Last Friday, controlled and cautious Teresa May, when meeting with unpredictable, uninhibited and impulsive Donald Trump, surely didn’t discuss only what elusively bonds their two countries. The British PM raised the Moscow ‘question’ and told her interlocutor that Putin’s resurgent Russia constitutes a escalating threat for the West. She also told him that the days of the joint American-British interventions to sovereign countries are over. It’s not at all sure if Trump agreed to all that. Their common political origin from the populist platform of anti-globalization and anti-establishment is not enough to offer fertile ground for a productive new partnership. The opposite is probably true. Their populist rhetoric prevents them from being generous and open.
Trade in detail
In detail now, it’s highly improbable that Trump would grant free access to the US market for cars or Rolls-Royce aircraft engines produced in Britain. In reality, a further reduction of the already minimal import duties will mean nothing to Britain. On top of that, the US is the only advanced industrial country, where Britain exports to a bit more than it imports from. So, given this state of affairs in their trade balance, the US is the party justified to demand further trade concessions from Britain, not the other way around.
In reality then, May’s trip to meet Trump was more of a desperate cry for help in her difficult divorce procedure with the EU, rather than a real prospect for a good trade deal for Britain. Unfortunately, May only got President’s praise for her country having voted for Brexit. At this point, Trump didn’t miss the opportunity to praise himself once more, for having correctly predicted the outcome of the June 2016 referendum.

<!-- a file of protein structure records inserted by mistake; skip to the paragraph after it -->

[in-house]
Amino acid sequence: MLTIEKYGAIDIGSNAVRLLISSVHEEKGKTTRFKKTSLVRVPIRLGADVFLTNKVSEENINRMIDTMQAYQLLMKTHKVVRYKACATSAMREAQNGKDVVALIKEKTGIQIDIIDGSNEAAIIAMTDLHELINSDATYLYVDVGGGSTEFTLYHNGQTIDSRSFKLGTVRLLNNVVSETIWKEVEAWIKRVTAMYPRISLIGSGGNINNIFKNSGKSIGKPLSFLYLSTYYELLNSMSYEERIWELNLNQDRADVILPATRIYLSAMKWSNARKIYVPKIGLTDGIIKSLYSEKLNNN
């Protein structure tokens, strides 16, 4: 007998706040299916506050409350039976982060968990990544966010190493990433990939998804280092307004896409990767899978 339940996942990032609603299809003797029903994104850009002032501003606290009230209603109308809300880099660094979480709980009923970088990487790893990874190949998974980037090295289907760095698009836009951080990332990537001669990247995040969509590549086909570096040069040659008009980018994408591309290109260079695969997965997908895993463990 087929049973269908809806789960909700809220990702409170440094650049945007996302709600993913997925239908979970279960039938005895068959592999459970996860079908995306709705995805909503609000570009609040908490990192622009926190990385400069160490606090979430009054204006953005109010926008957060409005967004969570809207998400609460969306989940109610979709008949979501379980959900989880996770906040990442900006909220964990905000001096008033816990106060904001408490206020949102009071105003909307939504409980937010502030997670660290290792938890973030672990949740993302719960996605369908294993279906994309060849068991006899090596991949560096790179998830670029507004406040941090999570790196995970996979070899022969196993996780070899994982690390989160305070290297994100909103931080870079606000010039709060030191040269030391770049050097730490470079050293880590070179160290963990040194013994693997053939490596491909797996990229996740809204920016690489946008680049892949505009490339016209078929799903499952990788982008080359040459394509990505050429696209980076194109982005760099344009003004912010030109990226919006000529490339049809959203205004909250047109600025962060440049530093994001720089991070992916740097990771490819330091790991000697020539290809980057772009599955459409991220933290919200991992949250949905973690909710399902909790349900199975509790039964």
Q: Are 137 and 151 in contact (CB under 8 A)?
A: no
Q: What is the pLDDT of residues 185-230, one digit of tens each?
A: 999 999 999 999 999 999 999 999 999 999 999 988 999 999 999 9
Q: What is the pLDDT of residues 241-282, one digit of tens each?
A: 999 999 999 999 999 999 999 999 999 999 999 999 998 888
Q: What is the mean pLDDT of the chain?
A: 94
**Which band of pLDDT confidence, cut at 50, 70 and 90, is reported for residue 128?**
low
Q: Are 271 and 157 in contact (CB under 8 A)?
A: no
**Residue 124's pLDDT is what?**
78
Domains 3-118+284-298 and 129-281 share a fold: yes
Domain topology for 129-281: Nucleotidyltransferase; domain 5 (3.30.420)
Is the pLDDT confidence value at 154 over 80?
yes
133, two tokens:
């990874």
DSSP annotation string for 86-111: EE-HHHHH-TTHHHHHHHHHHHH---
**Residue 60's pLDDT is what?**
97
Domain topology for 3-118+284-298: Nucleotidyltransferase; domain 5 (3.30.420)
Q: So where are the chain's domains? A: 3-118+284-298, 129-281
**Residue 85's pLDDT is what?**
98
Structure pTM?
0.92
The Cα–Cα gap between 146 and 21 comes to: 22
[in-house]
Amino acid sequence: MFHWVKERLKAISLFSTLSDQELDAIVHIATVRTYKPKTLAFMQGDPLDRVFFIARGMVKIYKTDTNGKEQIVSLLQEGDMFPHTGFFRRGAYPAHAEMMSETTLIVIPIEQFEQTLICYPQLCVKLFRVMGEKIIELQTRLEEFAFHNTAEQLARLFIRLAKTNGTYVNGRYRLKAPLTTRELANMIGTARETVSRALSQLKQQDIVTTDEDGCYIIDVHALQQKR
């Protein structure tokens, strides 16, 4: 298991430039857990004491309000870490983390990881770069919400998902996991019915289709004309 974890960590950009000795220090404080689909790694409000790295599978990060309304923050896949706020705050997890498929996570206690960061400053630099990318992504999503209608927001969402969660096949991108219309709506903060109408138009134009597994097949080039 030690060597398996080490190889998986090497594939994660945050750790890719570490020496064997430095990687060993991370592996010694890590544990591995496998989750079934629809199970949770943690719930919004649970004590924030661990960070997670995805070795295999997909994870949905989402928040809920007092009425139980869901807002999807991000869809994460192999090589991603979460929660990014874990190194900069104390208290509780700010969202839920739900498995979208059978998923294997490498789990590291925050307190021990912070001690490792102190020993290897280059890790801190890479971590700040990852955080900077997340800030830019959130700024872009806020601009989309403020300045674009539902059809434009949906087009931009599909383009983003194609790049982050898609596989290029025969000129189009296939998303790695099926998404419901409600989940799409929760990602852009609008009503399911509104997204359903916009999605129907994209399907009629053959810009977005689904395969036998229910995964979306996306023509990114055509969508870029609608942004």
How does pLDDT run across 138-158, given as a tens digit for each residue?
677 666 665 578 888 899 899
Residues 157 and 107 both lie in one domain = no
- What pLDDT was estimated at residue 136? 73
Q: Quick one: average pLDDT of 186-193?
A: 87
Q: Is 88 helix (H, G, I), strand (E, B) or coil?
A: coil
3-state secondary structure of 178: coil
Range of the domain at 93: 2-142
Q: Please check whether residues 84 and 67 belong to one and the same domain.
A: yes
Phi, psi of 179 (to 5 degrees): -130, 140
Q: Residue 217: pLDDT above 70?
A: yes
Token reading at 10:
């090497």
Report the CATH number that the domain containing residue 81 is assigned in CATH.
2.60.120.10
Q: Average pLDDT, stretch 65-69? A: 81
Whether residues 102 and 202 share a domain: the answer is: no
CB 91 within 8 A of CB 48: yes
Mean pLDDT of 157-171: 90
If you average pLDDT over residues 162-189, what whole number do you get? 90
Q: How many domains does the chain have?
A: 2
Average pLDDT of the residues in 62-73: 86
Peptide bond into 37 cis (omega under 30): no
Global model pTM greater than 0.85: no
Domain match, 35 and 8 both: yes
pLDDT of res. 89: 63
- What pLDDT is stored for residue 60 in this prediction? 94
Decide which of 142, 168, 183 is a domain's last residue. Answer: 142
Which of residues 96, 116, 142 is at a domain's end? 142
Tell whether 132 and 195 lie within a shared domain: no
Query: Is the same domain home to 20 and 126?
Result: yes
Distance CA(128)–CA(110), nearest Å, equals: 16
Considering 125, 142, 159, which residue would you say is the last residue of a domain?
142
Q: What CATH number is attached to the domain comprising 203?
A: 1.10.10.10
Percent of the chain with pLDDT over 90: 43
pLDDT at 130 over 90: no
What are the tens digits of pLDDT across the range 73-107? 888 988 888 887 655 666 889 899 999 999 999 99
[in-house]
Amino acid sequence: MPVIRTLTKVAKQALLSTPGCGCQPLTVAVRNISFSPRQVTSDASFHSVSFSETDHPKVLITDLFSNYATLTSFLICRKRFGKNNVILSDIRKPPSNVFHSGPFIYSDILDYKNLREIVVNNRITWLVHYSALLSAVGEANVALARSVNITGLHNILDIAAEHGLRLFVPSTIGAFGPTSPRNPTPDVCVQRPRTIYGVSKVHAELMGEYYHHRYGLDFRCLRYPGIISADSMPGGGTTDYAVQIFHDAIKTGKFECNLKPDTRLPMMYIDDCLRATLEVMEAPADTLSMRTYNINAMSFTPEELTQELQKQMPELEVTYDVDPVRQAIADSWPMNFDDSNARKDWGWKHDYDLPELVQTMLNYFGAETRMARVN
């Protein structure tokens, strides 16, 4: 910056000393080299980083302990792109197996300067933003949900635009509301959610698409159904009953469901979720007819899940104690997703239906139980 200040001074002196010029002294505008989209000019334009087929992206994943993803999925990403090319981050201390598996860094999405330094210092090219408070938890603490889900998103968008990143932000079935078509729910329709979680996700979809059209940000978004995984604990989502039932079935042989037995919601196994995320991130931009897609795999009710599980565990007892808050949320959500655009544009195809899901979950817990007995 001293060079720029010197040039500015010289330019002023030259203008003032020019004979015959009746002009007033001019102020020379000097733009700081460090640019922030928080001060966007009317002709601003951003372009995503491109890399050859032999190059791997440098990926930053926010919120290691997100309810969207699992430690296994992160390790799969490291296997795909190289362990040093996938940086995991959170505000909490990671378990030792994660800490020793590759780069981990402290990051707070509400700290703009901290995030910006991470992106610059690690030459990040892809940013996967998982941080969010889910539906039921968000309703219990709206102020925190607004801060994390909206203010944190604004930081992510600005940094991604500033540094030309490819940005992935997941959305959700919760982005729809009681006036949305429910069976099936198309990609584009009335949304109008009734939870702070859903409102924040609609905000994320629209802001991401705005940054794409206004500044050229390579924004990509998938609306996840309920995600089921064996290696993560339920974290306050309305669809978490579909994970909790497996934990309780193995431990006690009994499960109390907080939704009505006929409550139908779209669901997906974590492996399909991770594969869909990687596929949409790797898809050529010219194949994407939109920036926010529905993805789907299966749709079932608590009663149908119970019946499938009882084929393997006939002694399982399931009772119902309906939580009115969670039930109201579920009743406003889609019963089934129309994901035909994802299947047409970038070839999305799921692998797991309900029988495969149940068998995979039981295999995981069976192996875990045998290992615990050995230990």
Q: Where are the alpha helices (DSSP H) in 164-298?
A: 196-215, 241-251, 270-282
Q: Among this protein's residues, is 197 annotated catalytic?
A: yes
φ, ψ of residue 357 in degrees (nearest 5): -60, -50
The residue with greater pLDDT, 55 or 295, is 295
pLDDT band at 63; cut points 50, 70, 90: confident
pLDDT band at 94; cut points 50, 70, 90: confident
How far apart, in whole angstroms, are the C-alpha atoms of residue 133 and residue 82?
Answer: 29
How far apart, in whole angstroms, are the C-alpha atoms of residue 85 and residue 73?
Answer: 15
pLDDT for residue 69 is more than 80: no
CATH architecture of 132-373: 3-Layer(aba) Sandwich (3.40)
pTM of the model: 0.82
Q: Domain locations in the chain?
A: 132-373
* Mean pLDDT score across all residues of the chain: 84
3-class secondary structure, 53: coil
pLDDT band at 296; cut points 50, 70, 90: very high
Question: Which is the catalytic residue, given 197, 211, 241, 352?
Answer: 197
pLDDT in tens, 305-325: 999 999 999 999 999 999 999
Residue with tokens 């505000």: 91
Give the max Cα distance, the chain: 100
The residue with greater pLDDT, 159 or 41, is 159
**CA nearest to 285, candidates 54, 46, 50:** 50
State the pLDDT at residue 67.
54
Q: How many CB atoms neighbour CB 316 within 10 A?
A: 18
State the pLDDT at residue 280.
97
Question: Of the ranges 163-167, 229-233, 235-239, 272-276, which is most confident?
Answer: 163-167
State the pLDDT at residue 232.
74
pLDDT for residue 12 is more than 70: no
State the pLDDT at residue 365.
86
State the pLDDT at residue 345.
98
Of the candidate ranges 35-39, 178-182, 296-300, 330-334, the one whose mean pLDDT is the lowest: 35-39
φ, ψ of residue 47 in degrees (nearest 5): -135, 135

In conclusion then, the British PM got a lot of empty words about this void of content ‘special relationship’, but not a solid promise or clear remark concerning the much wanted free trade agreement. According to an announcement by May’s spokeswoman late last Saturday, all Trump promised was that Britain will have the same trade regime with the US after leaving the EU as of today, still being an EU full member state! This means Britain cannot expect from the US more than it already has. Strangely enough, the PM’s aide meant it as a major gain!